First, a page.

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West Hawaii Today

By Bobby Command

Despite being removed from what he calls his family's ancestral land, Mahealani Pai said he considers Friday's eviction by state and federal law officers to be a "small victory."

Pai, spokesman for the Pai Ohana, said chants, prayers and songs overcame violence when state and federal officials moved the Pai Ohana and their supporters off Kaloko-Honokohau National Historic Park during the early morning hours of Friday.

"They were forced to comply with our cultural and religious practices," Pai, 39, said. The soft-spoken Native Hawaiian said he would continue his efforts to prove that his family rightfully occupied Aiopio, the southernmost portion of the park, where the Pai Ohana resided until Friday.

"We know that we have found the answer to the root of our problem: simply, the state and federal establishment has no title to our homeland."

On Friday, a team of about 50 agents, complete with Coast Guard patrol boats and a Drug Enforcement Agency helicopter, carried out the eviction. Personnel from the U.S. marshal's office in San Francisco, state Department of Land and Natural Resources, National Parks Service and the Hawaii Police Department took part in various parts of the operation.

The eviction, ordered by U.S. District Judge David Ezra, began before dawn when federal law enforcement officers entered Aiopio by foot and boat and ordered the Pai Ohana to leave the park.

After Pai and his supporters conducted a religious ceremony, they walked the five acres that the Pai Ohana claims as ancestral land and then peacefully left federal property and entered state land near the mouth of Honokohau Harbor.

Pai said an account of the arrest carried in the Honolulu Advertiser which claimed that a marshal and a DLNR agent participated in the ceremony was inaccurate.

"As enforcement agents whose mission was to evict cultural practitioners from their ancestral lands," Pai said, "these government officers did not and could not be true to the sacredness of the prayers we chanted."

Steven Alm, U.S. Attorney, said on Friday that one man repeatedly returned to park land in an attempt to be arrested. Alm said he was arrested and charged with interfering with a federal agency function and violating a lawful order to leave the federal park.

The man, who federal officials said refused to reveal his name, was flown to Honolulu where U.S. Magistrate Francis Yamashita ordered him held without bail pending trial Friday. Pai said the man, "another fellow native," has been incarcerated at Halawa Prison.

While the eviction was taking place, Hawaii County police along with DLNR officers under the orders of Lawrence Terlep, Hawaii Branch Chief of the Conservation and Resources Enforcement Division, sealed off the north side of the harbor, allowing access only to boaters.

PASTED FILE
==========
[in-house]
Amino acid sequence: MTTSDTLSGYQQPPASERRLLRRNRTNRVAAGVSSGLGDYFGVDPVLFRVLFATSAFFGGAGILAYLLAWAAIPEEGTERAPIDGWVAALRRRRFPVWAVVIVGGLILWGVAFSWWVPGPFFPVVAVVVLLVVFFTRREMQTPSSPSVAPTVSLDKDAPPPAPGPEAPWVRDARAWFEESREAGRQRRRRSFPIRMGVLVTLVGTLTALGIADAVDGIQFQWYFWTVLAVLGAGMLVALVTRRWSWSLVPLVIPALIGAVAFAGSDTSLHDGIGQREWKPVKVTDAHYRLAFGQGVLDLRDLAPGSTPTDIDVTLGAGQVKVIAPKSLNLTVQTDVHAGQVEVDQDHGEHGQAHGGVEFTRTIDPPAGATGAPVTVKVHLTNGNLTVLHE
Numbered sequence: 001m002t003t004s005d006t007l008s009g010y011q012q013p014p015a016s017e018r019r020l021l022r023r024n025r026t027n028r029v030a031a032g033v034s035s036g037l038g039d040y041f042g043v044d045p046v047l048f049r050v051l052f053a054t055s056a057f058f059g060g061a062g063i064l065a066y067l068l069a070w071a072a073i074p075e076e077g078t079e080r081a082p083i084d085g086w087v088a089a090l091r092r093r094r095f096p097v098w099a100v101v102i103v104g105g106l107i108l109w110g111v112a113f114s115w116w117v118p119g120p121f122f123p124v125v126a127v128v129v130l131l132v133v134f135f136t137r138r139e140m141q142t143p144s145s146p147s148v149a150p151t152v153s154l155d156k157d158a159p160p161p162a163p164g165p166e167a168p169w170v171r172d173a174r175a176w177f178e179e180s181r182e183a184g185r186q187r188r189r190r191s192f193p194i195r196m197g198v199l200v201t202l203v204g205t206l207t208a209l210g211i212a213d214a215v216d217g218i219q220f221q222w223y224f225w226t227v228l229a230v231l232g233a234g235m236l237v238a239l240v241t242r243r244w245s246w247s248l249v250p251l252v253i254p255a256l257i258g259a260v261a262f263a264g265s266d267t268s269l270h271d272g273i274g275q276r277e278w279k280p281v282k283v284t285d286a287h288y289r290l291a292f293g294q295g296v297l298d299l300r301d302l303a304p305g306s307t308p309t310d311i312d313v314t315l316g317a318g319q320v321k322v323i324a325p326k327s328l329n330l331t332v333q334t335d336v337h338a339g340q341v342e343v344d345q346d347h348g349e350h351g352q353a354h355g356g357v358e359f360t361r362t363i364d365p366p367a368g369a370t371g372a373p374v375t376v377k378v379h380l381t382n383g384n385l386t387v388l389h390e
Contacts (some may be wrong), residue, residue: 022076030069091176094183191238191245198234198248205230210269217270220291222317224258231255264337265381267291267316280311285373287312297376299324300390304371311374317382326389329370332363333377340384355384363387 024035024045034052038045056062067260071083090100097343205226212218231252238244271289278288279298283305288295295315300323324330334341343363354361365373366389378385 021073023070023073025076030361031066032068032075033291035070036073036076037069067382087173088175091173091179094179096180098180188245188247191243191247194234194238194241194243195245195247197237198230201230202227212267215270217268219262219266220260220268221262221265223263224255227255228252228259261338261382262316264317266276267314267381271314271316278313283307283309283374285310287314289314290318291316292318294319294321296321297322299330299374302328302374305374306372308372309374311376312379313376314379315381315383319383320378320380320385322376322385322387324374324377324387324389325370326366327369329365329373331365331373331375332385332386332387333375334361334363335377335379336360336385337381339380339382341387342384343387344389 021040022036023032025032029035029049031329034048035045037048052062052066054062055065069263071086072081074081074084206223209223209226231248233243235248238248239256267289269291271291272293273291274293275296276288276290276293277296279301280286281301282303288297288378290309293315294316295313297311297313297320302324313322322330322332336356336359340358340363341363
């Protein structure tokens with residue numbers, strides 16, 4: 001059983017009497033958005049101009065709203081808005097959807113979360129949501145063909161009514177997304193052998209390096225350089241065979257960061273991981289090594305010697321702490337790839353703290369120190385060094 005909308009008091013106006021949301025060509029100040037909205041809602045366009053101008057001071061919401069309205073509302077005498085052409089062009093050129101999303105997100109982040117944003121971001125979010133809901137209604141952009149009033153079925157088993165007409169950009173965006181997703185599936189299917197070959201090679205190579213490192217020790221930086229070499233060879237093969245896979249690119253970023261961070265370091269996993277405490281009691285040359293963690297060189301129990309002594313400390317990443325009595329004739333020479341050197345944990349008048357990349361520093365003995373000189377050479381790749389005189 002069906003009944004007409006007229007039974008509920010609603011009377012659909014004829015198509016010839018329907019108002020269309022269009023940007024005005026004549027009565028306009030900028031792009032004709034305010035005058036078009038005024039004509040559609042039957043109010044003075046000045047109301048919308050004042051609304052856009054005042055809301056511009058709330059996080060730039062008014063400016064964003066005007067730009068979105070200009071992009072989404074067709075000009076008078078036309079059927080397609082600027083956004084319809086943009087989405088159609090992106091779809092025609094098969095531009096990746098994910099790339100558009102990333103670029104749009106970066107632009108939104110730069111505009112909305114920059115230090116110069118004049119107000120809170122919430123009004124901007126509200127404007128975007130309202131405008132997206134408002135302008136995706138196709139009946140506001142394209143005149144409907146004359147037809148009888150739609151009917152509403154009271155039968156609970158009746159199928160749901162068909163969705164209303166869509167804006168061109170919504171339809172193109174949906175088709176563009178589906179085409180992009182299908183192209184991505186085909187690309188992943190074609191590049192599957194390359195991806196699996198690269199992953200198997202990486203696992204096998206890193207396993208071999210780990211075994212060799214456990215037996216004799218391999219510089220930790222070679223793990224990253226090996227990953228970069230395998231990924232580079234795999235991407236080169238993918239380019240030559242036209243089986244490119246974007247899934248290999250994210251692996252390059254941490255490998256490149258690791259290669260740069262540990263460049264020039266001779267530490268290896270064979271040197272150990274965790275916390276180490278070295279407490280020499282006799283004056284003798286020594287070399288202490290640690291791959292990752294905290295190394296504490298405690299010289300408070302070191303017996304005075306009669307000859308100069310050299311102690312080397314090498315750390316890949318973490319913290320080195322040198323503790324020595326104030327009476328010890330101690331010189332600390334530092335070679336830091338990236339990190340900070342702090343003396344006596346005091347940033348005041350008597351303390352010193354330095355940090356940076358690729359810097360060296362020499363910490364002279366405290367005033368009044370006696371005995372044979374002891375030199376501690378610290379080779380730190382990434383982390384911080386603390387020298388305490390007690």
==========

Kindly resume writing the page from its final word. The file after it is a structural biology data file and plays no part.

Members of the press and Pai Ohana supporters were not allowed to pass and were turned away.

Those who were denied access were given a notice that read, "An eviction process is underway at Kaloko-Honokohau National Historic Park to remove the Pai family and their personal belongings in response to the federal eviction notice handed down on Monday, Feb. 10, 1997, by U.S. District Judge David Ezra."

It further stated that a press conference was to take place at 8 a.m. at the Hawaii Big Game Fishing Club pavilion. The conference did not take place.

After leaving the park and entering state land, Pai and his supporters remained there, speaking to law officers while a number of curious boaters, exiting the harbor, stopped to watched the scene.

Shortly before 10 a.m., and after a number of supporters left voluntarily, DLNR officials arrested Pai and eight other supporters, "without a court order," Pai added.

But before being led away, Pai raised his shackled hands, chanting to about a dozen supporters who had gathered on the south side of the harbor channel.

The chants were answered by the group, many of them crying, as Pai was placed into a state vehicle and taken away.

The group was taken to the Waimea courthouse, where Pai said they were released without being charged or posting bail.

After Pai and his supporters were led away, National Park officials closed Kaloko-Honokohau National Historic Park until further notice while the Pai Ohana's four plywood living quarters were torn down and their possessions collected and stored.

Park officials said the park would be open to visitors this morning.

Late in the afternoon, the U.S. Attorney's Office held a press conference in Honolulu. U.S. Marshal Anne Kent, who participated in the operation, called the eviction peaceful.

They also tried to refute claims by the Pai Ohana that Aiopio is the family's ancestral land. Tom Helper, assistant U.S. attorney, produced Hawaii Island census records from 1900, 1910 and 1920 indicating that no Pai ancestor lived there during those years.

However, Pai said federal officials are distorting the truth in order to break the family's ties to the land.

Pai quoted Judge Ezra's findings in the federal case, "Pai Ohana v USA" that:"...evidence to be undisputed that Pai Ohana lived at or near Honokohau Beach, in the Ahupua'a of Honokohau, near the Aiopio fish trap, since at least before the turn of the century."

He also said claims by the National Park Service that the Pai Ohana was restricting access to Aiopio were untrue. "We wish here to state clearly, that the ancestral lands that we, the Pai Ohana, have lived on for generations, have always remained open to all and are well documented."

Pai said he would reserve any other comment until Friday, when he will conduct a press conference after the court hearing for the man now in federal custody.

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